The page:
Finding out that .WSF scripts—based on XML—allow you to declare just about anything can be a flexible timesaver.
- By Chris Brooke
Serendipity. The English author Horace Walpole coined the word in a letter
dated Jan. 28, 1754. It’s defined as an accidental, but fortunate, discovery.
Were I to equate the word to scripting, I might call it a pleasant byproduct
of a particular feature—one that might very well have slipped by unnoticed
and unused. Scripts in the .WSF format are based on XML. XML allows you
to declare virtually anything via an appropriate tag—things like objects.
Serendipity! The ease with which this is accomplished only adds
to its value. You may remember I used this technique before when I referenced
objects in my Windows Script Components (WSCs). Yes, just as .WSF scripts
share similarities in format with WSCs, they also include the ability
to place references to all sorts of objects—and the syntax is the same.
This script demonstrates the ability to declare objects
For a particular job within .WSF files
This script creates a reference to the FileSystemObject and displays
the current number of drives known to the operating system (including
mapped network drives). As with everything in the world of scripting,
there are rules for using the <object>
- Each object must be declared inside the <job>
that will use it. You can’t declare objects for an entire <package>,
nor use an object declared inside another <job>.
- The tag’s usage is <object id="id"
- The id for the object is the name of the variable you’ll use
to reference it within the script. Use this attribute in place of a
Dim statement. In fact, if you include a Dim statement for the included
object, it’ll reset the variable to “empty” and break your script.
- The progid of the object is in the standard libraryname.classname
format. If you need help figuring out this nomenclature for a particular
DLL, simply view it using our old, trusty pal, XRay.exe.
Using the <object> tag eliminates the
need to execute the following commands:
What’s The Hubbub… Bub?
“Hmmph! So what? So, we type only one line instead of two. Big deal!”
Well, the benefits of declaring objects in this manner reach a bit further
than that. By declaring the objects outside the script code, we gain the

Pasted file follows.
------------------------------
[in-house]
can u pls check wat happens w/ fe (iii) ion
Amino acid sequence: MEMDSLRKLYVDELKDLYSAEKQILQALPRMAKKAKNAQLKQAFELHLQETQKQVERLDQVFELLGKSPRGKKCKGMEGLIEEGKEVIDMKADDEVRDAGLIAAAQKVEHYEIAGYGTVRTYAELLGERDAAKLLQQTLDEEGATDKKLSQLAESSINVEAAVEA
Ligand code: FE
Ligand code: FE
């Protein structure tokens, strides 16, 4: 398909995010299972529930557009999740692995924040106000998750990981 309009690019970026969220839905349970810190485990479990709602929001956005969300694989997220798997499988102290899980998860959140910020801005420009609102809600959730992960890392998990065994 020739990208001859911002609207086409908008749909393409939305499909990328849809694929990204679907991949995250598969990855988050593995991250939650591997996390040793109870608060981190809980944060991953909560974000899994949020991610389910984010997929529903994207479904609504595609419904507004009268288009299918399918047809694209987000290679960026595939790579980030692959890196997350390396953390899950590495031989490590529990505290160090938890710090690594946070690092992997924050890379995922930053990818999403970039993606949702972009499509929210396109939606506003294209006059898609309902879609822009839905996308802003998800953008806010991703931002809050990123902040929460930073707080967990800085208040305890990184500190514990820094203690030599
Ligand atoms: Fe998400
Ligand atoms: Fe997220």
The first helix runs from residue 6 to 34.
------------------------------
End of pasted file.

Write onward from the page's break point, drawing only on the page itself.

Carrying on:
advantage of what I call “pseudo-early binding.” As you know, VBScript
can only create objects using late binding—the objects are created as
needed, at runtime. By declaring these objects using the <object>
tag, memory is allocated while the script is loading, rather than during
script execution. Depending on how heavily you rely on objects (I use
them a lot), this can really speed up your scripts.
Speed is good, but there are even greater benefits. By placing the object
declarations at the <job> level, rather than the <script>
level, these objects are available to any and all individual scripts within
Demonstrates how objects are available to all scripts
in the job
<object id="objFSO" progid="Scripting.FileSystemObject"/>
<object id="objShell" progid="WScript.Shell"/>
In this script, I have declared two objects: the FileSystemObject and
the WSHShell object. (The WSHShell objects allow me to display a pop-up
box in the JScript portion of the script. JScript doesn’t support msgbox.)
Both scripts were able to access data from the objects.
But Wait, It Gets Better!
Looking back on your homework, we created a .WSF script with multiple
jobs. Cool concept: One file, lots of scripts inside. Each job could contain
multiple scripts, but we really didn’t have any way to get them to work
together. Normally, in multilanguage scripts, all declared variables are
reset after the </script> tag is read.
This meant that every time we switched from VBScript to JScript we were
basically starting from scratch. Not so when using the <object>
tag. Because any script inside the <job>
can access these objects, we have a perfect opportunity to persist data
How, you ask? Go back to those wonders of modern technology: Windows
Script Components! Simply create a WSC for persisting data (i.e. create
a component with a bunch of properties—no methods are necessary). Once
your component is registered, you can reference it via the <object>
tag, just like any other object. Voila! A ready-made data-persister
(probably not really a word, but who cares?)
Here’s an example of a WSC created to persist a single value:
And here’s the script to use it:
Demonstrates how objects can persist data
To all scripts in the job
<object id="objMDC" progid="MyDataComponent.WSC"/>
Not bad, eh? All this functionality is made possible by just the <object>
tag! Next month, I’m going to take a look at some of the other tags you
can use in .WSF files to make things really interesting.
Chris Brooke, MCSE, is a contributing editor for Redmond magazine and director of enterprise technology for ComponentSource. He specializes in development, integration services and network/Internet administration. Send questions or your favorite scripts to email@example.com.